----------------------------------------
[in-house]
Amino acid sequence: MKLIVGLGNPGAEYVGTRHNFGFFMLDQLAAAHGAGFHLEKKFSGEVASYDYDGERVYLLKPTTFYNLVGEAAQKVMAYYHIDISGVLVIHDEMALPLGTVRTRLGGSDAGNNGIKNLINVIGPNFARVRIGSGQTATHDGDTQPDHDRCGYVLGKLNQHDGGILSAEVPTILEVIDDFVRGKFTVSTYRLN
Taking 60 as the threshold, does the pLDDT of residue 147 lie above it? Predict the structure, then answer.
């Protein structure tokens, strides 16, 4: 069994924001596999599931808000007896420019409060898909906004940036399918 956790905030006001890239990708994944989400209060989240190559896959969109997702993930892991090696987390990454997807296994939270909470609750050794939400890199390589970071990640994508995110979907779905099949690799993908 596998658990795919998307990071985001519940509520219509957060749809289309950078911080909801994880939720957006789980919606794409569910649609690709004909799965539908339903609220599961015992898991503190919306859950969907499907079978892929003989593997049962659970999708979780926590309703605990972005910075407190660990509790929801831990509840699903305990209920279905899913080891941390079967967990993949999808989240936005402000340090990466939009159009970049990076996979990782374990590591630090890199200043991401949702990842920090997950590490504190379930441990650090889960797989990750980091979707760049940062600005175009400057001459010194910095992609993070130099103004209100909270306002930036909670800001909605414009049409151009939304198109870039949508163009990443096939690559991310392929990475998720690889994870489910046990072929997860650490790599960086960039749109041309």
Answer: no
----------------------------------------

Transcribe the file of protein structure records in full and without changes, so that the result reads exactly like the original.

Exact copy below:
[in-house]
Amino acid sequence: MKLIVGLGNPGAEYVGTRHNFGFFMLDQLAAAHGAGFHLEKKFSGEVASYDYDGERVYLLKPTTFYNLVGEAAQKVMAYYHIDISGVLVIHDEMALPLGTVRTRLGGSDAGNNGIKNLINVIGPNFARVRIGSGQTATHDGDTQPDHDRCGYVLGKLNQHDGGILSAEVPTILEVIDDFVRGKFTVSTYRLN
Taking 60 as the threshold, does the pLDDT of residue 147 lie above it? Predict the structure, then answer.
């Protein structure tokens, strides 16, 4: 069994924001596999599931808000007896420019409060898909906004940036399918 956790905030006001890239990708994944989400209060989240190559896959969109997702993930892991090696987390990454997807296994939270909470609750050794939400890199390589970071990640994508995110979907779905099949690799993908 596998658990795919998307990071985001519940509520219509957060749809289309950078911080909801994880939720957006789980919606794409569910649609690709004909799965539908339903609220599961015992898991503190919306859950969907499907079978892929003989593997049962659970999708979780926590309703605990972005910075407190660990509790929801831990509840699903305990209920279905899913080891941390079967967990993949999808989240936005402000340090990466939009159009970049990076996979990782374990590591630090890199200043991401949702990842920090997950590490504190379930441990650090889960797989990750980091979707760049940062600005175009400057001459010194910095992609993070130099103004209100909270306002930036909670800001909605414009049409151009939304198109870039949508163009990443096939690559991310392929990475998720690889994870489910046990072929997860650490790599960086960039749109041309």
Answer: no